return random.Next(min, max);
    }
}

Edit (see comments): why do we need a lock here?

Basically, Next is going to change the internal state of the Random instance. If we do that at the same time from multiple threads, you could argue "we've just made the outcome even more random", but what we are actually doing is potentially breaking the internal implementation, and we could also start getting the same numbers from different threads, which might be a problem - and might not. The guarantee of what happens internally is the bigger issue, though; since Random does not make any guarantees of thread-safety. Thus there are two valid approaches:

  • Synchronize so that we don't access it at the same time from different threads
  • Use different Random instances per thread

Either can be fine; but mutexing a single instance from multiple callers at the same time is just asking for trouble.

The lock achieves the first (and simpler) of these approaches; however, another approach might be:

private static readonly ThreadLocal<Random> appRandom
     = new ThreadLocal<Random>(() => new Random());

this is then per-thread, so you don't need to synchronize.

Tuesday, June 1, 2021
 
twk
answered 6 Months ago
twk
81

Note: Don't use rand() for security. If you need a cryptographically secure number, see this answer instead.

#include <time.h>
#include <stdlib.h>

srand(time(NULL));   // Initialization, should only be called once.
int r = rand();      // Returns a pseudo-random integer between 0 and RAND_MAX.

On Linux, you might prefer to use random and srandom.

Tuesday, June 1, 2021
 
Naveen
answered 6 Months ago
45

You need to seed the psuedo-random number generator first using srand.

#include <algorithm>
#include <cstdlib>

...

std::srand(std::time(0));

vector <Card> deck;
//some code to add cards to the deck here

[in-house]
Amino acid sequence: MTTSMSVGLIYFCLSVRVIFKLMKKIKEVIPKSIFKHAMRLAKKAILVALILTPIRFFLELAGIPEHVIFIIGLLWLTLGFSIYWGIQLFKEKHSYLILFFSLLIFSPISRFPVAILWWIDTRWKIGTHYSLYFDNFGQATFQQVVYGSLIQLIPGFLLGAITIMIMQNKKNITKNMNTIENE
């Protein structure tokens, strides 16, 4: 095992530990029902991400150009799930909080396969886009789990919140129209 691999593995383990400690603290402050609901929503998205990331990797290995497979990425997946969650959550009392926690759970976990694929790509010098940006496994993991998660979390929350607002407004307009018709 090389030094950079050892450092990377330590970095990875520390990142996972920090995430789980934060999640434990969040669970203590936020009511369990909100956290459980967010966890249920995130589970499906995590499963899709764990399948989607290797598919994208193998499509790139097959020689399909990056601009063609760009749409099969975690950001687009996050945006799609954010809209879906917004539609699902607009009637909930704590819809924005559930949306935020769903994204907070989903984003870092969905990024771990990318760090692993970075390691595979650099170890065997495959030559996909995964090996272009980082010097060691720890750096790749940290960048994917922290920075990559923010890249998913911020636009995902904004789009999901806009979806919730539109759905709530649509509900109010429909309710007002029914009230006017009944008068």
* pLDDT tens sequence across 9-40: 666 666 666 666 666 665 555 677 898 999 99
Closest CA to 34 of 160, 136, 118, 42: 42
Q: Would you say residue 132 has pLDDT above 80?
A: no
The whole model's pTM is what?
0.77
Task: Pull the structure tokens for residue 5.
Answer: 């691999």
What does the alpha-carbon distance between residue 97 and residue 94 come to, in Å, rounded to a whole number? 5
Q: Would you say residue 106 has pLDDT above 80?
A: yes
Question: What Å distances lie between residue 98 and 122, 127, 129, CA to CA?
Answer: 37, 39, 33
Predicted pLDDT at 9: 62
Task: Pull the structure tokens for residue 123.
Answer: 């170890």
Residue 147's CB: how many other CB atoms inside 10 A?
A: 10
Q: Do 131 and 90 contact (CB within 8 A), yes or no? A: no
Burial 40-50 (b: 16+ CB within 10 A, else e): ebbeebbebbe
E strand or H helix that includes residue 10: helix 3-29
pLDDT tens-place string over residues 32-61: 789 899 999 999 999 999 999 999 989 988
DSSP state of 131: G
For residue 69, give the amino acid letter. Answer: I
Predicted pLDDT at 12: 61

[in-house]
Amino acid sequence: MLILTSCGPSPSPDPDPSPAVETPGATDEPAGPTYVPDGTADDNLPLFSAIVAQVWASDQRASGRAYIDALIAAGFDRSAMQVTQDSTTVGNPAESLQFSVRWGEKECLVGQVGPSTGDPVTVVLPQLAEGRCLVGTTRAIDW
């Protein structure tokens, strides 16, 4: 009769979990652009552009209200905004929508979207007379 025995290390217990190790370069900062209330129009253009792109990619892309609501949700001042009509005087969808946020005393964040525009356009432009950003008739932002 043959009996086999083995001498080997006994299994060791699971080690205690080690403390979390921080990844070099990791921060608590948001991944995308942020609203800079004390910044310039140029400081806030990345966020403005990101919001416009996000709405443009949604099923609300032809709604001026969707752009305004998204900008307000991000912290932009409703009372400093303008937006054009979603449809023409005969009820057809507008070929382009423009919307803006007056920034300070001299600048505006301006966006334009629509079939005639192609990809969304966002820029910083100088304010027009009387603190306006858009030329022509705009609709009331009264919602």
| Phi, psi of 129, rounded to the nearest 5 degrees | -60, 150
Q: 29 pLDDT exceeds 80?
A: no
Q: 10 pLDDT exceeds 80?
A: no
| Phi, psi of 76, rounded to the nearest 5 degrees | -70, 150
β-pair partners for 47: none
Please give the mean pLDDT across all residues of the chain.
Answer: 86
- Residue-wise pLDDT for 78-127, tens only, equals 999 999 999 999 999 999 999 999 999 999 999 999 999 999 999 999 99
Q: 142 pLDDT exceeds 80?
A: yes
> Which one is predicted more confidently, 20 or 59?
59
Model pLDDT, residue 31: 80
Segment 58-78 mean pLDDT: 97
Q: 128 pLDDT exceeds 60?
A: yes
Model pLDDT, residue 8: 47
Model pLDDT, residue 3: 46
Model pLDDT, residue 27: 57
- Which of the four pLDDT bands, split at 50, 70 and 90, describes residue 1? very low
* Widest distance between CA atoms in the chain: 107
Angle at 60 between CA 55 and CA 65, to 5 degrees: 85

random_shuffle ( deck.begin(), deck.end() );

Note from link above:

Generally speaking, the pseudo-random number generator should only be seeded once, before any calls to rand(), and the start of the program. It should not be repeatedly seeded, or reseeded every time you wish to generate a new batch of pseudo-random numbers.

Friday, August 6, 2021
 
Amalina Aziz
answered 4 Months ago
36

First off: there is nothing wrong with calling non-virtual methods in the constructor. Where did you read that there was? (Note: calling virtual methods can be a problem; it is not an automatic no-no, but you need to watch what you are doing very carefully).

As an aside, it seems wasteful to generate a new Random instance every time GenerateRandomNumber is called. You can extract the Random instance to a field to fix that:

class RandomNumberHandler
{
    private readonly Random random = new Random();
    private int randomNumber;

    public RandomNumberHandler()
    {
        this.randomNumber = GenerateRandomNumber();
    }

    private int GenerateRandomNumber()
    {
        return this.random.Next(3000) + 1000;
    }
}

But this raises another question: if GenerateRandomNumber is only called once in each instance's lifetime (in the constructor), then it doesn't make sense to create a new Random for each object. So the next logical step is to make random be static. This means that GenerateRandomNumber can also become static (and indeed, it has to):

class RandomNumberHandler
{
    private static readonly Random Random = new Random();
    private int randomNumber;

    public RandomNumberHandler()
    {
        this.randomNumber = GenerateRandomNumber();
    }

    private static int GenerateRandomNumber()
    {
        return Random.Next(3000) + 1000;
    }
}
Monday, October 25, 2021
 
Emmanuel Gleizer
answered 1 Month ago